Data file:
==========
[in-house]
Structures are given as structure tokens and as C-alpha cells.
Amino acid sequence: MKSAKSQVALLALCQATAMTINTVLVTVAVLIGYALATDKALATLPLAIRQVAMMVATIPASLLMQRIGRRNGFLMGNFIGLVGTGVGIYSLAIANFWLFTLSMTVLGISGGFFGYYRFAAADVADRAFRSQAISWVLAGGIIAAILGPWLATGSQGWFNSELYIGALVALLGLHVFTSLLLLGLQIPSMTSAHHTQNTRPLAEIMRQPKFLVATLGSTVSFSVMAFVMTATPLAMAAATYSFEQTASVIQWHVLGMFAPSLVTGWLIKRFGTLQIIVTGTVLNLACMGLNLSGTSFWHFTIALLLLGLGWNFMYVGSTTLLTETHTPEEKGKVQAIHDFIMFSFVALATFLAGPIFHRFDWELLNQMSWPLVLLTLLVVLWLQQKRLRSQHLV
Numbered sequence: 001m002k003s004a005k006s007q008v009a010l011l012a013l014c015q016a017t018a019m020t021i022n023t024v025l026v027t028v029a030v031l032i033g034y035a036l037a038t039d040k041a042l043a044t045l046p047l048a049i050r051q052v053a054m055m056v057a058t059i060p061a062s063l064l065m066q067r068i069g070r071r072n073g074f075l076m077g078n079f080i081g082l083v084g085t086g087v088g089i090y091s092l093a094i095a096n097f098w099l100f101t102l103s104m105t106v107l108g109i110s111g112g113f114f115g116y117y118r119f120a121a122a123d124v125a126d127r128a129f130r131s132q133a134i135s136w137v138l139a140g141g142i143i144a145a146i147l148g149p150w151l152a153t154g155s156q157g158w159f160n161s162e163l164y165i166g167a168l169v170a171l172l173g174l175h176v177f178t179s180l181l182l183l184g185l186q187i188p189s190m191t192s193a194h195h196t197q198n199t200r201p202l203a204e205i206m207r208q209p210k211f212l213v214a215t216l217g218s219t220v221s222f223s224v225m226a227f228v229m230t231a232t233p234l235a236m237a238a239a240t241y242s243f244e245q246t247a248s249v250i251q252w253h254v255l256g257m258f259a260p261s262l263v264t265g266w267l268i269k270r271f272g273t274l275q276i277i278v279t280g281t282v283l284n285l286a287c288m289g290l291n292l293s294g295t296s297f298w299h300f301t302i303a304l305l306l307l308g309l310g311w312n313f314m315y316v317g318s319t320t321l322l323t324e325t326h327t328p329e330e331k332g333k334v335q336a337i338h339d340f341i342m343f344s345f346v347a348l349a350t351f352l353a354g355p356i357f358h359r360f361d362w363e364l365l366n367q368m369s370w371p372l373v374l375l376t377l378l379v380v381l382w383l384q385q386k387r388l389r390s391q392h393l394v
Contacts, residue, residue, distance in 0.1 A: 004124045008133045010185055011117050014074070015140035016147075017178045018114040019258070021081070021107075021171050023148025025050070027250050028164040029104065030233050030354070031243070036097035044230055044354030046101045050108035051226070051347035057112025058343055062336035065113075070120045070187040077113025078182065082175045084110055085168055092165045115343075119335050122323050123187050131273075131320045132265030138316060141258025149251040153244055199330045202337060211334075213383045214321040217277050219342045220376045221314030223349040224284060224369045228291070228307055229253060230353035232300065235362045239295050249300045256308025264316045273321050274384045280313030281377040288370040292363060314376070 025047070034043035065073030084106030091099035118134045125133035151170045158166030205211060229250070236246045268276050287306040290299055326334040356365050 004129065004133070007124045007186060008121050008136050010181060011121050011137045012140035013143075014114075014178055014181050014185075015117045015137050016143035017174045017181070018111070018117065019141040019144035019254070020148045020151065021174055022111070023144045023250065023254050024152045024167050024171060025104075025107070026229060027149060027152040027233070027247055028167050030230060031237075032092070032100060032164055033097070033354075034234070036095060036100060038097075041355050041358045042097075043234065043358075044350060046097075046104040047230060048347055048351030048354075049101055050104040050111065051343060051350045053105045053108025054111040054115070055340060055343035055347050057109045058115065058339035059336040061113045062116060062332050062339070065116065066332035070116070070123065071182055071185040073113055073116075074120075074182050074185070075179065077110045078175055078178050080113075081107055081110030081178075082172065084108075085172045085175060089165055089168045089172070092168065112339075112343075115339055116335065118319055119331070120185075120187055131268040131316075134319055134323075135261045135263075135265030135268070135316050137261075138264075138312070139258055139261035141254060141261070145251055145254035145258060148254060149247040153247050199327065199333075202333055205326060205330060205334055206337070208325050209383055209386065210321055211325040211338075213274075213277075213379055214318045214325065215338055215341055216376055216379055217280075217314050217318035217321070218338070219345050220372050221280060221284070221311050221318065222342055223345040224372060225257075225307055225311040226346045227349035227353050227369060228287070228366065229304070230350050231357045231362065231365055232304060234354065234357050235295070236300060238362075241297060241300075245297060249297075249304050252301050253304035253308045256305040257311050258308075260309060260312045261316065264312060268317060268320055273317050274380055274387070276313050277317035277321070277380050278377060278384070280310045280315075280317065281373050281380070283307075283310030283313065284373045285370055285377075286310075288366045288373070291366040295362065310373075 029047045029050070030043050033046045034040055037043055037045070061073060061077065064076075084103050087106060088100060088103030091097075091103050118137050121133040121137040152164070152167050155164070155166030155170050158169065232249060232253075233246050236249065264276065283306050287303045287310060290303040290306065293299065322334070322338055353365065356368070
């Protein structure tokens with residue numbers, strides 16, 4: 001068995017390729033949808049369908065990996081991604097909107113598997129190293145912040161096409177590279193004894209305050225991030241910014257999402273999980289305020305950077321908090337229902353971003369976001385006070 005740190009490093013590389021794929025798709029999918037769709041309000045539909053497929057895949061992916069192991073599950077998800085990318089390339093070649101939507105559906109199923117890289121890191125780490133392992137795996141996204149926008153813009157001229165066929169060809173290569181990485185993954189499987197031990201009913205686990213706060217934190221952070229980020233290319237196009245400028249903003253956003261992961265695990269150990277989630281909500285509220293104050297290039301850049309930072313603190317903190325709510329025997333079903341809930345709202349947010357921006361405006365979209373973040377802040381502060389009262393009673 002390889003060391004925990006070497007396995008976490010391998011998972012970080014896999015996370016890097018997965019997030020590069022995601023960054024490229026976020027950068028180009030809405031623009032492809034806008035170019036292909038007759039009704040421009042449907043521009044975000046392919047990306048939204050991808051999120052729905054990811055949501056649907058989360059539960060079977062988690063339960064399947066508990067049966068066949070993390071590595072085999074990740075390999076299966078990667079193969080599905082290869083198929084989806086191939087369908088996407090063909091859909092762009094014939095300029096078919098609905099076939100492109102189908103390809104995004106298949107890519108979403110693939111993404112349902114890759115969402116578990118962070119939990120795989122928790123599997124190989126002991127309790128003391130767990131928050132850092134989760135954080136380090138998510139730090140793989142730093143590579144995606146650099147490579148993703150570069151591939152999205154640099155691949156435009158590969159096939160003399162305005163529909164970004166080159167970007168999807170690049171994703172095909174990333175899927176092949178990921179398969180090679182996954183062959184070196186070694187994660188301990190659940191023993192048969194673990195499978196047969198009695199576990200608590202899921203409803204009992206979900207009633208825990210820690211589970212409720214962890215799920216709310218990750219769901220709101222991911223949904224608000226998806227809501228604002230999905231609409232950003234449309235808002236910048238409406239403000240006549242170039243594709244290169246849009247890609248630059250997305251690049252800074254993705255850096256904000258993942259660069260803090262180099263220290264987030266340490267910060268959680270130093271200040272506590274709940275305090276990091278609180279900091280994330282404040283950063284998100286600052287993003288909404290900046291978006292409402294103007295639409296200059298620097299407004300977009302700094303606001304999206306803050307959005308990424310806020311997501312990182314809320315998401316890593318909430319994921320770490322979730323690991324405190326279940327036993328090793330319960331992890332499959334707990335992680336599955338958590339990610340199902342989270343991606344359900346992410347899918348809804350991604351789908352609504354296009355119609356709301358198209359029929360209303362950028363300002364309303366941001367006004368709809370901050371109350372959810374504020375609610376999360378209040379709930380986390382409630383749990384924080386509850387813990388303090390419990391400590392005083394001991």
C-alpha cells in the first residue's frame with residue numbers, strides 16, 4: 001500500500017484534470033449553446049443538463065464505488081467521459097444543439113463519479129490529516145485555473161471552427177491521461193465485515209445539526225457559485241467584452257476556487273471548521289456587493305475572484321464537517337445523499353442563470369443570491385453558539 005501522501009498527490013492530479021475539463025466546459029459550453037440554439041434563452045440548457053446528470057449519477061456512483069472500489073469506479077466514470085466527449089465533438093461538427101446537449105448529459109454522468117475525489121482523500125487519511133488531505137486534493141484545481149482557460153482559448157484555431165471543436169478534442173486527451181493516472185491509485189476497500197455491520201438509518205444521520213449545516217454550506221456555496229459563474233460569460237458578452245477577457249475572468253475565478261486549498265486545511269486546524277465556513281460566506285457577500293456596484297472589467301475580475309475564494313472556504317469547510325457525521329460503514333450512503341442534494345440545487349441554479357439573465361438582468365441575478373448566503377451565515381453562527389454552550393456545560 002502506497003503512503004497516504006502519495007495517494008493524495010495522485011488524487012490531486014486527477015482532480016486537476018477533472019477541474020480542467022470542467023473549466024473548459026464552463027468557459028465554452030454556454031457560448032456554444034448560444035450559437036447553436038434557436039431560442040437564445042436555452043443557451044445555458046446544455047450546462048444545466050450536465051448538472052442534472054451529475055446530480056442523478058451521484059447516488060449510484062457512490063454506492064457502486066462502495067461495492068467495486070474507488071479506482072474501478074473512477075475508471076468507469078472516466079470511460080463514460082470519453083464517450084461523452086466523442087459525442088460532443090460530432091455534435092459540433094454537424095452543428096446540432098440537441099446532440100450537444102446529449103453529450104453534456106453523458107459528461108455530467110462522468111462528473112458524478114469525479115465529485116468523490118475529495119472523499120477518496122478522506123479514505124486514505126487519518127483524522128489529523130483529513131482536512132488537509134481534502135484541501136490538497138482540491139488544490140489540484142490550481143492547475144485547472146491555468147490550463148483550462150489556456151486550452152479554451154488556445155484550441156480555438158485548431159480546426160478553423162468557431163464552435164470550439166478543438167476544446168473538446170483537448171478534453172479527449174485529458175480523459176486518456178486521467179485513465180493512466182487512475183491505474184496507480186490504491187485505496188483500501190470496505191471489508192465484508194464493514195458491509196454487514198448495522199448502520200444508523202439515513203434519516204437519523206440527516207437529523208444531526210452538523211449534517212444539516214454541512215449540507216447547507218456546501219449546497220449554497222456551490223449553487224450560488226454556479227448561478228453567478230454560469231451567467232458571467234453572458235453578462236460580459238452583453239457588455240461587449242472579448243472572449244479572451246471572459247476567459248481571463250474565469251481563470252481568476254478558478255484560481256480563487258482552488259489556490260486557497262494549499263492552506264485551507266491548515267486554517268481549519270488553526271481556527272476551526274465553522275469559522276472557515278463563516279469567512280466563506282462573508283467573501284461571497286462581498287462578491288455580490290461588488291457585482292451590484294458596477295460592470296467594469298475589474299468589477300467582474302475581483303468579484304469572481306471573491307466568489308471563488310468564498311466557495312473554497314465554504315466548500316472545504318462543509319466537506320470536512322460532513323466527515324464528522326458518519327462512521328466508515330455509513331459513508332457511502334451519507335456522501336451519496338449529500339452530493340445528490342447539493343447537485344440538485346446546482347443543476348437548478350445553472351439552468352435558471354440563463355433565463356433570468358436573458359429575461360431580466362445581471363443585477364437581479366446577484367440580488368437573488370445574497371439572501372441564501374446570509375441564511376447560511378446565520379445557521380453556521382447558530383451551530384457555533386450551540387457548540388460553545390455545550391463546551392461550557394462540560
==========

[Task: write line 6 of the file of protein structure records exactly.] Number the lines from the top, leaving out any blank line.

């Protein structure tokens with residue numbers, strides 16, 4: 001068995017390729033949808049369908065990996081991604097909107113598997129190293145912040161096409177590279193004894209305050225991030241910014257999402273999980289305020305950077321908090337229902353971003369976001385006070 005740190009490093013590389021794929025798709029999918037769709041309000045539909053497929057895949061992916069192991073599950077998800085990318089390339093070649101939507105559906109199923117890289121890191125780490133392992137795996141996204149926008153813009157001229165066929169060809173290569181990485185993954189499987197031990201009913205686990213706060217934190221952070229980020233290319237196009245400028249903003253956003261992961265695990269150990277989630281909500285509220293104050297290039301850049309930072313603190317903190325709510329025997333079903341809930345709202349947010357921006361405006365979209373973040377802040381502060389009262393009673 002390889003060391004925990006070497007396995008976490010391998011998972012970080014896999015996370016890097018997965019997030020590069022995601023960054024490229026976020027950068028180009030809405031623009032492809034806008035170019036292909038007759039009704040421009042449907043521009044975000046392919047990306048939204050991808051999120052729905054990811055949501056649907058989360059539960060079977062988690063339960064399947066508990067049966068066949070993390071590595072085999074990740075390999076299966078990667079193969080599905082290869083198929084989806086191939087369908088996407090063909091859909092762009094014939095300029096078919098609905099076939100492109102189908103390809104995004106298949107890519108979403110693939111993404112349902114890759115969402116578990118962070119939990120795989122928790123599997124190989126002991127309790128003391130767990131928050132850092134989760135954080136380090138998510139730090140793989142730093143590579144995606146650099147490579148993703150570069151591939152999205154640099155691949156435009158590969159096939160003399162305005163529909164970004166080159167970007168999807170690049171994703172095909174990333175899927176092949178990921179398969180090679182996954183062959184070196186070694187994660188301990190659940191023993192048969194673990195499978196047969198009695199576990200608590202899921203409803204009992206979900207009633208825990210820690211589970212409720214962890215799920216709310218990750219769901220709101222991911223949904224608000226998806227809501228604002230999905231609409232950003234449309235808002236910048238409406239403000240006549242170039243594709244290169246849009247890609248630059250997305251690049252800074254993705255850096256904000258993942259660069260803090262180099263220290264987030266340490267910060268959680270130093271200040272506590274709940275305090276990091278609180279900091280994330282404040283950063284998100286600052287993003288909404290900046291978006292409402294103007295639409296200059298620097299407004300977009302700094303606001304999206306803050307959005308990424310806020311997501312990182314809320315998401316890593318909430319994921320770490322979730323690991324405190326279940327036993328090793330319960331992890332499959334707990335992680336599955338958590339990610340199902342989270343991606344359900346992410347899918348809804350991604351789908352609504354296009355119609356709301358198209359029929360209303362950028363300002364309303366941001367006004368709809370901050371109350372959810374504020375609610376999360378209040379709930380986390382409630383749990384924080386509850387813990388303090390419990391400590392005083394001991």